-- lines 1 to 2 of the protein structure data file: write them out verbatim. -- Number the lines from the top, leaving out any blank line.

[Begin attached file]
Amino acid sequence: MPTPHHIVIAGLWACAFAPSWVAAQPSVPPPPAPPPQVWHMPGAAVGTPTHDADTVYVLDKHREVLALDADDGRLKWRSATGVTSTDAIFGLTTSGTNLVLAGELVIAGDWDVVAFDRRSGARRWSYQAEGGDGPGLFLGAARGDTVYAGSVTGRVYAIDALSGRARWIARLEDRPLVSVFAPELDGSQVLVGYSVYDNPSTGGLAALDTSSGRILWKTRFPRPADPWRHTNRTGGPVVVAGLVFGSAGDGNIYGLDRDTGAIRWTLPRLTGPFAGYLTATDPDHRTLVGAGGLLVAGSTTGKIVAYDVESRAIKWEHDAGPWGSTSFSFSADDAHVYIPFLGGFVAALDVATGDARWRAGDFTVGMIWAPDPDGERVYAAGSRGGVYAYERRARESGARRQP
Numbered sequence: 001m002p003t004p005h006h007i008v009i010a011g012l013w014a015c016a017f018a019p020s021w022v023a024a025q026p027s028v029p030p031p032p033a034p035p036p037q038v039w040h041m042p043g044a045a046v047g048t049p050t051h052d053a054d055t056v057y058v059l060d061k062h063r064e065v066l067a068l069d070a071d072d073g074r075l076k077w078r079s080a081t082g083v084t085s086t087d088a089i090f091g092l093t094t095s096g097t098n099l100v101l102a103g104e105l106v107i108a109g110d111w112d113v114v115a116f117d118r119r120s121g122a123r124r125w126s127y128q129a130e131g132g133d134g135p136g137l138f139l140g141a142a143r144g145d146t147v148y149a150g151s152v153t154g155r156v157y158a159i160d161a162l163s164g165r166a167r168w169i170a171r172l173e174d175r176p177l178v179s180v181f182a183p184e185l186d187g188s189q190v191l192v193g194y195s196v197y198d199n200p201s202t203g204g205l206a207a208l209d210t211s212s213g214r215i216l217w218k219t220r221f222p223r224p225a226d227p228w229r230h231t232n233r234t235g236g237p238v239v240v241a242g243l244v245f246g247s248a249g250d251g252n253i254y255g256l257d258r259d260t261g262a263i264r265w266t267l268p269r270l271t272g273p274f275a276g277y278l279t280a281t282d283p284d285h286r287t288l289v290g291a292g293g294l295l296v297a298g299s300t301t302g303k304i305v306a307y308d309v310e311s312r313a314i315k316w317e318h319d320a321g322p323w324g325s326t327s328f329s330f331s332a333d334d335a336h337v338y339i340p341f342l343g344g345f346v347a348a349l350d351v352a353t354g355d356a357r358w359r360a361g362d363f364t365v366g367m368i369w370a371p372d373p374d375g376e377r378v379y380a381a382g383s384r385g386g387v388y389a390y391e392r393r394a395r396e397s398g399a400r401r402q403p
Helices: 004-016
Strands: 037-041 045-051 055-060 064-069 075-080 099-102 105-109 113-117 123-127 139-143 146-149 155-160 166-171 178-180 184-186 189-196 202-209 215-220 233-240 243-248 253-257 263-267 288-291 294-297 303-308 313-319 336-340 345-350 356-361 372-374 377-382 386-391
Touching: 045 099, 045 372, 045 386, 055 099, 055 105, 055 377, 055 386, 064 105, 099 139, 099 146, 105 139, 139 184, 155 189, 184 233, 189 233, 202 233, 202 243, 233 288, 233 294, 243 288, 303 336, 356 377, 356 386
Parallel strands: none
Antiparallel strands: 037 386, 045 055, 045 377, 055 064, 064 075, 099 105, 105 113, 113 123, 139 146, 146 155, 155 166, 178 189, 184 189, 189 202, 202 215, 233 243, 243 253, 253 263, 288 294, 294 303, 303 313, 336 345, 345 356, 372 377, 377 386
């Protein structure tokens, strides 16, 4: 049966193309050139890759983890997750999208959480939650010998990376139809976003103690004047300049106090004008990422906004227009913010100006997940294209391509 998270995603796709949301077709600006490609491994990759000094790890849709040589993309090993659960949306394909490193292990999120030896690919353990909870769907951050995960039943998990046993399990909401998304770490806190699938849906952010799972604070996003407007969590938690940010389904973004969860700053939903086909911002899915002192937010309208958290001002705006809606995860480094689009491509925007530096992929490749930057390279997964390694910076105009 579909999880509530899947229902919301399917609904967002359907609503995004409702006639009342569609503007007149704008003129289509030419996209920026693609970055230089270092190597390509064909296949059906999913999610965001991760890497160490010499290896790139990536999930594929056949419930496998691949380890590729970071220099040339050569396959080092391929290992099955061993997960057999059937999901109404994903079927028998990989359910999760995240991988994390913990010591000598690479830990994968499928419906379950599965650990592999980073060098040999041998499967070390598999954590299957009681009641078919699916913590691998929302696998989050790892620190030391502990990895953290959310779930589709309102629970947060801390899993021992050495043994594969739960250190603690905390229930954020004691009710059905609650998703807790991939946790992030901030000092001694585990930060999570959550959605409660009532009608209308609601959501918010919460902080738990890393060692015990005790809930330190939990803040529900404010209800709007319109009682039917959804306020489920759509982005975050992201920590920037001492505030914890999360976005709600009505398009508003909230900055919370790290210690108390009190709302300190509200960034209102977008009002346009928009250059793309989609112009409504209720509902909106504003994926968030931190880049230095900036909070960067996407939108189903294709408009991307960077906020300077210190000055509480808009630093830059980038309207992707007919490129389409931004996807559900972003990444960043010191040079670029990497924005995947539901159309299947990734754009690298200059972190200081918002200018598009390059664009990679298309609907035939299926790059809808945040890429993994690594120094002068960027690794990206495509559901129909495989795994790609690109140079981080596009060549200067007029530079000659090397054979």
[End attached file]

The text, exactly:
Amino acid sequence: MPTPHHIVIAGLWACAFAPSWVAAQPSVPPPPAPPPQVWHMPGAAVGTPTHDADTVYVLDKHREVLALDADDGRLKWRSATGVTSTDAIFGLTTSGTNLVLAGELVIAGDWDVVAFDRRSGARRWSYQAEGGDGPGLFLGAARGDTVYAGSVTGRVYAIDALSGRARWIARLEDRPLVSVFAPELDGSQVLVGYSVYDNPSTGGLAALDTSSGRILWKTRFPRPADPWRHTNRTGGPVVVAGLVFGSAGDGNIYGLDRDTGAIRWTLPRLTGPFAGYLTATDPDHRTLVGAGGLLVAGSTTGKIVAYDVESRAIKWEHDAGPWGSTSFSFSADDAHVYIPFLGGFVAALDVATGDARWRAGDFTVGMIWAPDPDGERVYAAGSRGGVYAYERRARESGARRQP
Numbered sequence: 001m002p003t004p005h006h007i008v009i010a011g012l013w014a015c016a017f018a019p020s021w022v023a024a025q026p027s028v029p030p031p032p033a034p035p036p037q038v039w040h041m042p043g044a045a046v047g048t049p050t051h052d053a054d055t056v057y058v059l060d061k062h063r064e065v066l067a068l069d070a071d072d073g074r075l076k077w078r079s080a081t082g083v084t085s086t087d088a089i090f091g092l093t094t095s096g097t098n099l100v101l102a103g104e105l106v107i108a109g110d111w112d113v114v115a116f117d118r119r120s121g122a123r124r125w126s127y128q129a130e131g132g133d134g135p136g137l138f139l140g141a142a143r144g145d146t147v148y149a150g151s152v153t154g155r156v157y158a159i160d161a162l163s164g165r166a167r168w169i170a171r172l173e174d175r176p177l178v179s180v181f182a183p184e185l186d187g188s189q190v191l192v193g194y195s196v197y198d199n200p201s202t203g204g205l206a207a208l209d210t211s212s213g214r215i216l217w218k219t220r221f222p223r224p225a226d227p228w229r230h231t232n233r234t235g236g237p238v239v240v241a242g243l244v245f246g247s248a249g250d251g252n253i254y255g256l257d258r259d260t261g262a263i264r265w266t267l268p269r270l271t272g273p274f275a276g277y278l279t280a281t282d283p284d285h286r287t288l289v290g291a292g293g294l295l296v297a298g299s300t301t302g303k304i305v306a307y308d309v310e311s312r313a314i315k316w317e318h319d320a321g322p323w324g325s326t327s328f329s330f331s332a333d334d335a336h337v338y339i340p341f342l343g344g345f346v347a348a349l350d351v352a353t354g355d356a357r358w359r360a361g362d363f364t365v366g367m368i369w370a371p372d373p374d375g376e377r378v379y380a381a382g383s384r385g386g387v388y389a390y391e392r393r394a395r396e397s398g399a400r401r402q403p